# Meaning of these syntax (Pointer Arithmetic?)

I was wondering what these 4 symbols mean. I am new to pointers in C and I'm not sure if this is considered pointer arithmetic?

``````1. (*x)++
2. *(x++)
3. ++(*x)
4. *(++x)
``````

Thanks

-

1. `(*x)++` - Increment the value pointed by `x` (postincrement, returns the original value)

2. `*(x++)` - Increment `x` (post increment) dereference the original pointer).

3. `++(*x)` - Same as #1, but returns the incremented value.

4. `*(++x)` - Same as #2, but dereferencing the resulting pointer.

Also, #2 and #4 change the value of the pointer (pointer arithmetics), while #1 and #3 - change the value pointed by `x` (i.e.: whatever-x-points-at arithmetics).

-
1 and 3 are not equivalent. 1 yields the current value of `*x` and, as a side effect, increments it. 3 is different in that it yields the incremented value of `*x`, not the original value. –  Keith Thompson Nov 1 '11 at 23:15
@Keith, you're right, clarified –  littleadv Nov 1 '11 at 23:18
You need to fix the numbering. –  Paul R Nov 1 '11 at 23:21
@Paul now better?:-) SO is too smart for me... –  littleadv Nov 1 '11 at 23:22
Thanks for tidying that up. –  Paul R Nov 1 '11 at 23:24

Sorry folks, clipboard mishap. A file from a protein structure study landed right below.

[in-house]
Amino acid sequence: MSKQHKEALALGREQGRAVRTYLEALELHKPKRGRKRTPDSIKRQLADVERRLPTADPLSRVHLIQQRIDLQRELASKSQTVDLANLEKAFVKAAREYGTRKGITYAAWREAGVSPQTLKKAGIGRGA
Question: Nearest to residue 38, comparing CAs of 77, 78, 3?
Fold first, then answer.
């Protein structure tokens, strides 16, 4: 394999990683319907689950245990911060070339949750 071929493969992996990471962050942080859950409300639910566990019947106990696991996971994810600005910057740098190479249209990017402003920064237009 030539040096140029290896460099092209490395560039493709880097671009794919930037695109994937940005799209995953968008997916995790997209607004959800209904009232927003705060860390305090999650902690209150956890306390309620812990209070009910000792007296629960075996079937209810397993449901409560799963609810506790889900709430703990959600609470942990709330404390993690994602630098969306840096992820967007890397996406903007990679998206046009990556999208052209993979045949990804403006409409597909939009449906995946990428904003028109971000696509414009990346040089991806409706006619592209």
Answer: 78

``````1. (*x)++
``````

The value that is being pointed to by `x` is being post-incremented. This will yield the pointed to value prior to the increment operation.

``````2. *(x++)
``````

The pointer `x` is being dereferenced and the post-incremented. This returns the value that is being pointed to by `x` prior to the increment operation.

``````3. ++(*x)
``````

The value being pointed to by `x` is being pre-incremented. This will yield the pointed to value after the increment operation.

``````4. *(++x)
``````

The pointer `x` is being dereferenced after being pre-incremented. This will yield the value of the location immediately after the one currently being pointed to by `x`.

Since 2 & 4 alter the value of `x` itself they are considered examples of pointer arithmetic. 1 & 3 modify the object being pointed to by `x`, but not the pointer itself; so these are not considered to be pointer arithmetic.

-
1. `(*x)++` Increments the value pointed to by `x` and returns its old value.
2. `*(x++)` Changes `x` to point to the next memory address (Exactly where that is is determined by the size of what `x` is declared to be pointing at) and returns the value stored at the old address.
3. `++(*x)` Increments the value pointed to by `x` and returns its new value.
4. `*(++x)` Moves `x` to the next address (see 2), and returns the value stored at the new address.
-

Everything that involves increasing or decreasing the value of a pointer (as opposed to the value of what it points to) is considered pointer arithmetic. Hence, 2 and 4 are examples of pointer arithmetic, while 1 and 3 are not.

For example, `(*x)++` means to first locate the value that `x` points to and then increment that value by 1, while `*(x++)` means to increment `x` itself (that is, make it point to the element to the immediate right of what it was originally pointing to), and then find the value of the element that `x` originally pointed to.

-